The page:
As those of you who have been following this blog for a while know, traveling with a pet is difficult – and dealing with the airlines is not the only challenge. The case of Xiaowha highlighted how tragedy can happen as a result of the security screening process for pets who are traveling internationally. And my own experience with flying Maggie the cat to Bozeman, Montana (see Facebook posts from January 2013 for more about our journey) taught me that asking for what you need using TSA’s language (e.g., PRIVATE SCREENING) is critical to keeping your furry baby safe when you travel.
But what if TSA isn’t following their own procedures?
On July 7, 2013, a shelter cat (8-week-old kitten, actually) from Arlington, TX was being transported from Dallas-Fort Worth airport to Seattle-Tacoma airport via Alaska Airlines. The transporter was someone who had answered a CraigsList ad looking for help with a transport. She was not an experienced handler. An experienced and travel-savvy volunteer from the shelter (FoJ Debbie Daugherty McClendon) accompanied the transporter in their dealings with Alaska Airlines and to the TSA screening line. Ms. McClendon requested that the transporter and kitten be placed in a private screening room, but she was told that no such thing existed at that location. They asked another agent and were then told the same thing. At that point, the transporter became uncomfortable with pressing on the TSA officers for private screening, took the kitten out of the bag, and carried her through screening while the bag went through the conveyor belt x-ray machine. LUCKILY, nothing happened. Kitten was returned to its carrier, and kitten and transporter made it to Sea-Tac and to the kitten’s new family and home without any problem.
The WIJ team was HORRIFIED by this whole incident. The TSA website clearly states that “passengers can request private screening at any time” – implying that private screening is always available!! Where, then, were the private screening facilities at this terminal in DFW – a huge and busy airport??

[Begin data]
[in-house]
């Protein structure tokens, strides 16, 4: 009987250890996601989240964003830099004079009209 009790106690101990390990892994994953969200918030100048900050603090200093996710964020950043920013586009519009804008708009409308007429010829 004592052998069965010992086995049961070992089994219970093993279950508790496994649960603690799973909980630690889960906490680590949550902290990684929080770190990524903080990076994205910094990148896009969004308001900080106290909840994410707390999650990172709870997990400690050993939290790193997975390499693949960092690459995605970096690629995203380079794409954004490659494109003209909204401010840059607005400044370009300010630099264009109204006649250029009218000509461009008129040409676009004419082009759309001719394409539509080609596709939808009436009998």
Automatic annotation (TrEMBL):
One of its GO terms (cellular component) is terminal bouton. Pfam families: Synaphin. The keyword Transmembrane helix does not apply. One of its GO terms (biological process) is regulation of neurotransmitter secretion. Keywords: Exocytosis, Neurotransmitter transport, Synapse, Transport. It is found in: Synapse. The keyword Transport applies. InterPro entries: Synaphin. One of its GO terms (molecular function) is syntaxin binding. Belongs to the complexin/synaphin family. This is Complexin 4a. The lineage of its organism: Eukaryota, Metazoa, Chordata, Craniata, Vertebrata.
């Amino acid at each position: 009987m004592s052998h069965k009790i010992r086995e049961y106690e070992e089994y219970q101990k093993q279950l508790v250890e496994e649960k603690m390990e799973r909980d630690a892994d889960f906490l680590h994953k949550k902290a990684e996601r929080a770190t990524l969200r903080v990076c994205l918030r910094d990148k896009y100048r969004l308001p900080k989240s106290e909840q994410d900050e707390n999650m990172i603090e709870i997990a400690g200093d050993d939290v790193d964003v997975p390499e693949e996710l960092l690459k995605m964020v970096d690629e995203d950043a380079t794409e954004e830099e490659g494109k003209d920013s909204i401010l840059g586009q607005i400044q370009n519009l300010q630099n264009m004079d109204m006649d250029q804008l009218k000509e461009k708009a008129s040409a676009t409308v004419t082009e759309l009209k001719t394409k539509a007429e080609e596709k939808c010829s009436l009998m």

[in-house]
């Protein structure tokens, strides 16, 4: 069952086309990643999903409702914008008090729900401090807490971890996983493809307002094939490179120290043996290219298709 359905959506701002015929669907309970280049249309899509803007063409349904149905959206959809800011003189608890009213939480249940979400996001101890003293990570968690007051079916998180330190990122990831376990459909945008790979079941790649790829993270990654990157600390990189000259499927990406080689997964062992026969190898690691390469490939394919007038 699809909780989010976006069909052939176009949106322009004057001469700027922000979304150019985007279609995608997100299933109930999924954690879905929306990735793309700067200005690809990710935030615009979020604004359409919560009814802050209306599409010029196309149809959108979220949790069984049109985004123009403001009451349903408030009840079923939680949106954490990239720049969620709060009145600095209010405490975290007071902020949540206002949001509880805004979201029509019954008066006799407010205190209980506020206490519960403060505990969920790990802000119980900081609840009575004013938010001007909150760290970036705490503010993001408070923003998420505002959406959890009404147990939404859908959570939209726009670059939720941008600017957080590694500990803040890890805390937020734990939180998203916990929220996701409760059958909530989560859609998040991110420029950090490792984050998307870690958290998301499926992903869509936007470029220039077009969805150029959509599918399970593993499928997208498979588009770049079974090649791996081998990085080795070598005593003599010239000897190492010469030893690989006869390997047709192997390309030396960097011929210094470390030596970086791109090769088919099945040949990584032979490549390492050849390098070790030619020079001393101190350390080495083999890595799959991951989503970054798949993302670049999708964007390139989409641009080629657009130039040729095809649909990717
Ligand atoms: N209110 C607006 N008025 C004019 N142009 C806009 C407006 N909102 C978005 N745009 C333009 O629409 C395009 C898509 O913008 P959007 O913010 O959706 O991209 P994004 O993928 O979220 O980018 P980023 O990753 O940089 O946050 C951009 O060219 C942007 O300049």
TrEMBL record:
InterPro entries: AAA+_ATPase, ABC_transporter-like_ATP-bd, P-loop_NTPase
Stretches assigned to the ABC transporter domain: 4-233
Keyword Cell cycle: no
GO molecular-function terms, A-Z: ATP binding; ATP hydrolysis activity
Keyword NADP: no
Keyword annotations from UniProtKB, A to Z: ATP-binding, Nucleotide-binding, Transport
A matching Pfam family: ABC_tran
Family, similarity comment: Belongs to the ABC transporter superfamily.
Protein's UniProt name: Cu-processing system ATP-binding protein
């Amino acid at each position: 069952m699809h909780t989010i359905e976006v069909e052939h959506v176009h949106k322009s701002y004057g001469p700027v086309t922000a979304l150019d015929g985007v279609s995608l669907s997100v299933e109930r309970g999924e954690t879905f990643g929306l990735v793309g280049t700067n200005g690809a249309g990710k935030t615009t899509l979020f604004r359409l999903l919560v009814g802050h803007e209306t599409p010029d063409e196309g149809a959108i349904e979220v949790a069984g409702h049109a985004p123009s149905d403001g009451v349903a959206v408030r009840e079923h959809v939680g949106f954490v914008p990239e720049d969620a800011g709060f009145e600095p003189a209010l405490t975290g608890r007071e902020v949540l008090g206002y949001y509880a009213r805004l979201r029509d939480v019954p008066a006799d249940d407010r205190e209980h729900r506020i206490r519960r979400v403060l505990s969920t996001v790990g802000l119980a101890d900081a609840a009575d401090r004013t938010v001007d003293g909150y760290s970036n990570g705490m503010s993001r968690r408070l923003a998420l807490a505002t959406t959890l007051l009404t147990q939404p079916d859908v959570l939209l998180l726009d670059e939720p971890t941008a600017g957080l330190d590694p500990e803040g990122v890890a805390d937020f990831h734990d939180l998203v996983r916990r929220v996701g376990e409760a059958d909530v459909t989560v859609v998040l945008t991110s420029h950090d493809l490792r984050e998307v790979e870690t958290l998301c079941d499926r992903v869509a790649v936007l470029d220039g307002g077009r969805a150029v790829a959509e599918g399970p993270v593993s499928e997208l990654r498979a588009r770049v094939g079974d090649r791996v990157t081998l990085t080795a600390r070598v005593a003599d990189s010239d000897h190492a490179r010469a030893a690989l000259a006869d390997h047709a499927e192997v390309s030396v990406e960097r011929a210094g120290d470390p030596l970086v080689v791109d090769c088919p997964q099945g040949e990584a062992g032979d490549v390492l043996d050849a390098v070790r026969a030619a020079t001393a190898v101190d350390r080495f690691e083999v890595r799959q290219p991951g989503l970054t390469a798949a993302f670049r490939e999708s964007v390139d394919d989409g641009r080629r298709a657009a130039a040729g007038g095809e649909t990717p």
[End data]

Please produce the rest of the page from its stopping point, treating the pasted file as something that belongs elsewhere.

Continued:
It took a little time, but the TSA did finally give us some information. Their response:
“At the E15/16 checkpoints, we do not have the facilities of a “private room”
however, the private screening is completed away from the checkpoint in
another facility that is semi private. If you fly regularly with this
airline you might want to go through the E8 checkpoint where we do have
a “private room” in the checkpoint.”
So, it seems, there is more code to know. The bottom line is, though, that at particular gates in particular airports it may not always be possible for TSA to do a private screening that will allow us to fly safely with animals — and particularly with a cat or kitten.
In response to this information, we’ve made a little video to explain a procedure that provides a some insurance in case you and your cat or kitten ever find yourself in the predicament that Debbie Daugherty McClendon and that transporter found themselves in. You don’t want to have to rely on luck – especially if your kitty is more than a few weeks old!!
(And if you’re interested, the cat harness pictured in the video is available from our friend Lisa at DryFur.tv – tell her Jack sent you!!)